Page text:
In its first official report on the topic, the International Atomic Energy Agency (IAEA) has said that Japan’s release of treated radioactive wastewater from the wrecked Fukushima Daiichi plant into the Pacific Ocean complies with international safety standards.

The report was based on a review mission in October 2023 by an IAEA taskforce comprising the agency’s officials and independent experts from 11 countries including China, which is currently imposing an import ban on Japanese seafood due to safety concerns.

The taskforce reviewed the facilities and equipment used to treat the water, including the liquid processing system that removes most radionuclides except tritium, a radioactive isotope of hydrogen. Tritium has a half-life of 12 years and decays into helium, which is harmless. The levels of tritium found in the surrounding waters since the initial discharge are well below World Health Organisation limits for drinking water quality.

Despite such reassurances, China and Hong Kong banned seafood imports from Japan at the outset of the discharge in August last year, leading to a 67% drop from the same month a year earlier. Hundreds of South Koreans took to the streets in Seoul to protest the decision due to safety and ecological concerns.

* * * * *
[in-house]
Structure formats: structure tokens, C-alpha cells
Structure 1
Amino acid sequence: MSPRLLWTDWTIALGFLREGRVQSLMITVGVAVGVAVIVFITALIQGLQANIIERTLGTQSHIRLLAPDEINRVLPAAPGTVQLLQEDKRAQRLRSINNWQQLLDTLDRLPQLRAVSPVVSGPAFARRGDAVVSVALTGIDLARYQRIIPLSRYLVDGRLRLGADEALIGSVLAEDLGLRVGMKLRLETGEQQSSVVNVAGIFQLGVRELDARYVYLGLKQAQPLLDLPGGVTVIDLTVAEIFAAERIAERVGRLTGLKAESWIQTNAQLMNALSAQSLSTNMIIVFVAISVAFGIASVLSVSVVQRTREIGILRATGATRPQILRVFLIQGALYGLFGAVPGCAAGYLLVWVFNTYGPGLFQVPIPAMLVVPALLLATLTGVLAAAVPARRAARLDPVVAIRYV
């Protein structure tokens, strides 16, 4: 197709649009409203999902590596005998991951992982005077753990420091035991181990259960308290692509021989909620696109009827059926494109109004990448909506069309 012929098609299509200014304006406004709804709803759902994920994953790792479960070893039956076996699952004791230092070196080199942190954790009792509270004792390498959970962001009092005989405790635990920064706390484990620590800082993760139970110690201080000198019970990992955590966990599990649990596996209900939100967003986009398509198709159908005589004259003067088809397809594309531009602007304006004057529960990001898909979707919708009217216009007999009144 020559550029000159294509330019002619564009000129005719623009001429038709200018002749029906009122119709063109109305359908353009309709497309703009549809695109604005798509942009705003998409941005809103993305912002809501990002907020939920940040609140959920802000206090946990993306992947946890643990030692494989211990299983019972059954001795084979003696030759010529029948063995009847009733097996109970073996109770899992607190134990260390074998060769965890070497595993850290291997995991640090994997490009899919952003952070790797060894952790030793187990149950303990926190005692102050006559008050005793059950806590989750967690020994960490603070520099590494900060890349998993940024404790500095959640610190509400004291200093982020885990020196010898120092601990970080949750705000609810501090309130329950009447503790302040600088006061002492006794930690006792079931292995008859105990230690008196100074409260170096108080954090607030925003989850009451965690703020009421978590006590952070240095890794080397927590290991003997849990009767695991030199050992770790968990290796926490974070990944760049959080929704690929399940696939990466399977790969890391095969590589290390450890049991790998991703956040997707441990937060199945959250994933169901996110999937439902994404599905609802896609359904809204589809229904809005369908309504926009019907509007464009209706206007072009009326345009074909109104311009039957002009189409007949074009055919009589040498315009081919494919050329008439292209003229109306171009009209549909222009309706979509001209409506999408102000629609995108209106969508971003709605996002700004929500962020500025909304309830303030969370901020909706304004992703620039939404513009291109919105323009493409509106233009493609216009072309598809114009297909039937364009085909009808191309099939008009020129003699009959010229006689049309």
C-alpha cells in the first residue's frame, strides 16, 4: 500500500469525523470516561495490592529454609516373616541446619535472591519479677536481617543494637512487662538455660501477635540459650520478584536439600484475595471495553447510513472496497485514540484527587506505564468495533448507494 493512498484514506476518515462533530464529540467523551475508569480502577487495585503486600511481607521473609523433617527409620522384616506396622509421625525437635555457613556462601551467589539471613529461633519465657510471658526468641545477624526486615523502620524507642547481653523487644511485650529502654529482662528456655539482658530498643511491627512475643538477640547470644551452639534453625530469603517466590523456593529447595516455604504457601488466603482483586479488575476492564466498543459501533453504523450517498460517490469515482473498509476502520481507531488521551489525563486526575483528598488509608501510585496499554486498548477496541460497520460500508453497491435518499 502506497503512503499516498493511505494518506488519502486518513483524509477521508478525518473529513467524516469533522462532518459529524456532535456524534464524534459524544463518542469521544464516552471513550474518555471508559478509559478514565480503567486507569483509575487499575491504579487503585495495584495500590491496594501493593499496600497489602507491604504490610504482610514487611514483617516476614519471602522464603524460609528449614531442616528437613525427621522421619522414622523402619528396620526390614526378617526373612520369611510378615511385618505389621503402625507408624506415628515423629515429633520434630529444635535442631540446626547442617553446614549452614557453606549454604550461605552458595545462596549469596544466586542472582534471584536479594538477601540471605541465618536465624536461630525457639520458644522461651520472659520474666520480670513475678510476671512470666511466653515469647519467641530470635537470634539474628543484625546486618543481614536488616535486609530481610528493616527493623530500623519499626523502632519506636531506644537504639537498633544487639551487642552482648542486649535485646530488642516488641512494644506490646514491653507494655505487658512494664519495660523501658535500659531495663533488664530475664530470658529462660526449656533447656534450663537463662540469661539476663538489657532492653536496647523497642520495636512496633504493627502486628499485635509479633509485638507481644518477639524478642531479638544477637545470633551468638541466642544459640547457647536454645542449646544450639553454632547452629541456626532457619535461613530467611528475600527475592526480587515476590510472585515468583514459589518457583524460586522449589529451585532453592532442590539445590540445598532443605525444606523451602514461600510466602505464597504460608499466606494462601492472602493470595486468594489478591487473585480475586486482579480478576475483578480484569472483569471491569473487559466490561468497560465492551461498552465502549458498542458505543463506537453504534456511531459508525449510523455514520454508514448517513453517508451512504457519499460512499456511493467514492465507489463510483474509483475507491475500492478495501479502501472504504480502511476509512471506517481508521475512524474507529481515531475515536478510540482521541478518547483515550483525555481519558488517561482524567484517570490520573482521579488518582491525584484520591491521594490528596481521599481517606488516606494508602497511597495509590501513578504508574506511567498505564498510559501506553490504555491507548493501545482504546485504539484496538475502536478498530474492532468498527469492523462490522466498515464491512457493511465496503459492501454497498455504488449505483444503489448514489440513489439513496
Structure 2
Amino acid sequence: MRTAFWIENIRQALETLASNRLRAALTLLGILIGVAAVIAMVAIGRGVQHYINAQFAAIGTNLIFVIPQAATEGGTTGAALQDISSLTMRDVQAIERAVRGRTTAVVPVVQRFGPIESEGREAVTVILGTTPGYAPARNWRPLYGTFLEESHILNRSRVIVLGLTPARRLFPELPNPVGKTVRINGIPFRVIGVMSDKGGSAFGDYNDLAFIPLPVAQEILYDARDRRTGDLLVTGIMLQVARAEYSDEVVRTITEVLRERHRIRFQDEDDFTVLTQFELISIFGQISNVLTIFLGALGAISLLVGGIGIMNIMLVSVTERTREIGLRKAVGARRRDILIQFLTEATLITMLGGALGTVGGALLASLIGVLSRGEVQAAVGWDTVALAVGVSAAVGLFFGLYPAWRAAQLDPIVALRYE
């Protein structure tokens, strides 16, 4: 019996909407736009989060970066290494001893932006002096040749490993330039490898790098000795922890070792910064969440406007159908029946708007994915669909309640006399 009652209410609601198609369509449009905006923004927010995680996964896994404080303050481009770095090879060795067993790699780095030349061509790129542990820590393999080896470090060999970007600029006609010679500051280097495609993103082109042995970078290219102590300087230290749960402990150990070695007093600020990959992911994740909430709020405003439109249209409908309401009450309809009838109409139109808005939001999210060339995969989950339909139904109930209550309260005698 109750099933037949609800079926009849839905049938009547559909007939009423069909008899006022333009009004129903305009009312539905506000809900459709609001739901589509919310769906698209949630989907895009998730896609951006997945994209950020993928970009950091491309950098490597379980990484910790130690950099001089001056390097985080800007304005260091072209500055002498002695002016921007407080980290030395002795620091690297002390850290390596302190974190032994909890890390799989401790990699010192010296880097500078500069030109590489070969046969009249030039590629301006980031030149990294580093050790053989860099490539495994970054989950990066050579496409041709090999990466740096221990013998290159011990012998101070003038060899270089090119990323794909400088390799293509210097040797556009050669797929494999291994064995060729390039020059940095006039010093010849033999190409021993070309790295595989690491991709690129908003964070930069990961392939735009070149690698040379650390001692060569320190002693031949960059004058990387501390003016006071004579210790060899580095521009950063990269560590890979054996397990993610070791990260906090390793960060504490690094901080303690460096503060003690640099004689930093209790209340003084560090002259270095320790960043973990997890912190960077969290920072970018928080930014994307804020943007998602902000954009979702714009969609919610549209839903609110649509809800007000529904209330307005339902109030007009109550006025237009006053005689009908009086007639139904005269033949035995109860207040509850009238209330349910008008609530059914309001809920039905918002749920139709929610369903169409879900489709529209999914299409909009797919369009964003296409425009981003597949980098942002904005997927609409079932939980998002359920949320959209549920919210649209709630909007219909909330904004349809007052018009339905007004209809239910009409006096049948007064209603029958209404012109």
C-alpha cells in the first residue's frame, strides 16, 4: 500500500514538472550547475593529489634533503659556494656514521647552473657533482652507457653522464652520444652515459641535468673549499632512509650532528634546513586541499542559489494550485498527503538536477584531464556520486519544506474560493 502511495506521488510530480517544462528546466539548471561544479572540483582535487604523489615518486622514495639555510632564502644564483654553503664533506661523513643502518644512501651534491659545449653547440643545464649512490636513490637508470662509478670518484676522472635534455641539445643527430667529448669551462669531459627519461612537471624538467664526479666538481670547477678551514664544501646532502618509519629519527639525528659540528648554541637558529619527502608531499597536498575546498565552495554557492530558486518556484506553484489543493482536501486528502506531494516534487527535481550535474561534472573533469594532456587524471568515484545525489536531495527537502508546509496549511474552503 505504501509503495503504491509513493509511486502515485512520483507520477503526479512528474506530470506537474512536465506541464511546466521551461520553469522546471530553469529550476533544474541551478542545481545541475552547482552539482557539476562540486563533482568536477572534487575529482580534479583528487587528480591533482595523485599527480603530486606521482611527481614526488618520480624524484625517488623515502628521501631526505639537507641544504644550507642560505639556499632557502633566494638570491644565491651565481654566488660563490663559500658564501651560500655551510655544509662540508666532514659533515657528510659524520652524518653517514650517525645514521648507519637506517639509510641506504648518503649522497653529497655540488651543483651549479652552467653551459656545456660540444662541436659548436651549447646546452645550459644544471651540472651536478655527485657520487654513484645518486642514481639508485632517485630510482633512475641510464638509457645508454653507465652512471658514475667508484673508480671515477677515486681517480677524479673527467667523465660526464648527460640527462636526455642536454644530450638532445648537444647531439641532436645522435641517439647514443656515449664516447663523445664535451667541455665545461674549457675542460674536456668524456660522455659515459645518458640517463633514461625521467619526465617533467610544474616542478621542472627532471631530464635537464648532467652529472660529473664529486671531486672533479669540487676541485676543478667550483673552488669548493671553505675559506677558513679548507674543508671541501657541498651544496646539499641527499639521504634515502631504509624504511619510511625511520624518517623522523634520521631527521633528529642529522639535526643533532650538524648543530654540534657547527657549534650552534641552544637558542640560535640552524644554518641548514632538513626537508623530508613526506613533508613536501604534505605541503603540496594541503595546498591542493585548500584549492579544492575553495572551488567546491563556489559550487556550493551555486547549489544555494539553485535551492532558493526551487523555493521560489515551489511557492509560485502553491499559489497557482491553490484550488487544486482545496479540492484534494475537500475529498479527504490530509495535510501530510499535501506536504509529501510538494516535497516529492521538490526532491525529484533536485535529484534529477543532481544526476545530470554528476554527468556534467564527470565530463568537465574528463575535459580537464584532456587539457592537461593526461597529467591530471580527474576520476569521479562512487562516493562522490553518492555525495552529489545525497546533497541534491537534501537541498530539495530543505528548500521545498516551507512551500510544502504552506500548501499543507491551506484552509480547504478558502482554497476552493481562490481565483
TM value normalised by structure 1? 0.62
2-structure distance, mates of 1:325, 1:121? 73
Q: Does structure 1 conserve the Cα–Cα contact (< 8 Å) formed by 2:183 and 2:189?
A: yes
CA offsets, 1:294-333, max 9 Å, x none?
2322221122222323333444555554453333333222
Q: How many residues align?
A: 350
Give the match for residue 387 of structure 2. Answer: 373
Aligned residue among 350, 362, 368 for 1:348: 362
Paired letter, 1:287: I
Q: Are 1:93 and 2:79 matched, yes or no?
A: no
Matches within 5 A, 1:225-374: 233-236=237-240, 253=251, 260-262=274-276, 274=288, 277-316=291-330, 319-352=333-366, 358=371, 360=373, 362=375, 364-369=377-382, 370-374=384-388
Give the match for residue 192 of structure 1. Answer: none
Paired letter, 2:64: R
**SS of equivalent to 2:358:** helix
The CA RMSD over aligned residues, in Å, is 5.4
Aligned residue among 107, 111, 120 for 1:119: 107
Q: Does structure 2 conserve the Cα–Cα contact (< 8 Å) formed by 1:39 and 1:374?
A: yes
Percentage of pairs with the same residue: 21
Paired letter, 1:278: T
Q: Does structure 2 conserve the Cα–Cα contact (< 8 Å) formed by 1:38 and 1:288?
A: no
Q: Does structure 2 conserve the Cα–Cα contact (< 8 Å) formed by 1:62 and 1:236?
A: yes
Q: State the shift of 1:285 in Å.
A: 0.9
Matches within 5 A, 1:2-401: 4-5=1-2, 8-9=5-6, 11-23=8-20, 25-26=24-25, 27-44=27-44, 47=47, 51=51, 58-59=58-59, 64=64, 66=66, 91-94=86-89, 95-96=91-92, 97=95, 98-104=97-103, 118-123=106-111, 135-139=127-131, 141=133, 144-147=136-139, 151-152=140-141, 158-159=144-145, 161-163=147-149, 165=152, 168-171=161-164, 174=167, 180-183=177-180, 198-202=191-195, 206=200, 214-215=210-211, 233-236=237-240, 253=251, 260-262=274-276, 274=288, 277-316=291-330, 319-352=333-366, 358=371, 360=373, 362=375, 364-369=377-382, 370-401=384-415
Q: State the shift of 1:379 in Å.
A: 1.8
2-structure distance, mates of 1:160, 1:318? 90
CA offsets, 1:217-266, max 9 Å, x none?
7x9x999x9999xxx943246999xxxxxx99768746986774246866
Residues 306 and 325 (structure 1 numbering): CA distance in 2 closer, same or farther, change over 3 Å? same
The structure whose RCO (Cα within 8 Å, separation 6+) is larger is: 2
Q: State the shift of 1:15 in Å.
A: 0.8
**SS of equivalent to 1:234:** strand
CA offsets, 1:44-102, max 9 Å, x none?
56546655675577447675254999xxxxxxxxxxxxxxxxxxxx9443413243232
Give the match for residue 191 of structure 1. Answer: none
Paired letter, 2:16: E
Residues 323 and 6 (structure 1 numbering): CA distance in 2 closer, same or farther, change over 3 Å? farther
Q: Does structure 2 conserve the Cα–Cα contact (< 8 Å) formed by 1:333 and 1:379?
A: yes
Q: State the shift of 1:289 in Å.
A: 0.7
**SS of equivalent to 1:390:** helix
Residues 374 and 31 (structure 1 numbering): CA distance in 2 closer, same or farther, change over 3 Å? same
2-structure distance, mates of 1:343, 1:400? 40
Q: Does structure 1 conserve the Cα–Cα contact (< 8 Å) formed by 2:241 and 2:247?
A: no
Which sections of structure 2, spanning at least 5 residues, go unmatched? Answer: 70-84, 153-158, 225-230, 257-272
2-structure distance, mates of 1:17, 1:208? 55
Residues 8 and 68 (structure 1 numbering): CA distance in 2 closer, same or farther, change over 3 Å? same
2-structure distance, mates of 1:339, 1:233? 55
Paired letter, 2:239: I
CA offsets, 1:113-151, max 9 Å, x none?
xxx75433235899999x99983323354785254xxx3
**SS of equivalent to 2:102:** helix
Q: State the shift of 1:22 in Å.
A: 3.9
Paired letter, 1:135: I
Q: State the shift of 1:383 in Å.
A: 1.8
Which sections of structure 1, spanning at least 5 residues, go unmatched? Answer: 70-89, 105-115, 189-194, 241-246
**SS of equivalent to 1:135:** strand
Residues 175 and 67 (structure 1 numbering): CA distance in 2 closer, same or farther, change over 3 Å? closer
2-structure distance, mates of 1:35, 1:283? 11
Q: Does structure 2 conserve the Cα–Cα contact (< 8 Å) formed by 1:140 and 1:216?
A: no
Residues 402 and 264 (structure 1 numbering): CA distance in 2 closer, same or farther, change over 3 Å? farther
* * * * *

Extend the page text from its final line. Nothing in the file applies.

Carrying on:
Scientists have noted that China’s own nuclear power plants release wastewater with higher levels of tritium than that found in the Fukushima discharge.

Japan has so far discharged a total of 23,400 tonnes of water since August. The Japanese Government sees the disposal of wastewater as a key step in the decommissioning of the Fukushima power plant, which experienced a meltdown following the 2011 Tōhoku earthquake and tsunami.

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Tokyo Electric Power Company aims to start the fourth release of water in late February. The fifth and sixth discharges will occur during the fiscal year ending March 2025. The whole process involves releasing one million tonnes of discharge and is scheduled to take 30–40 years.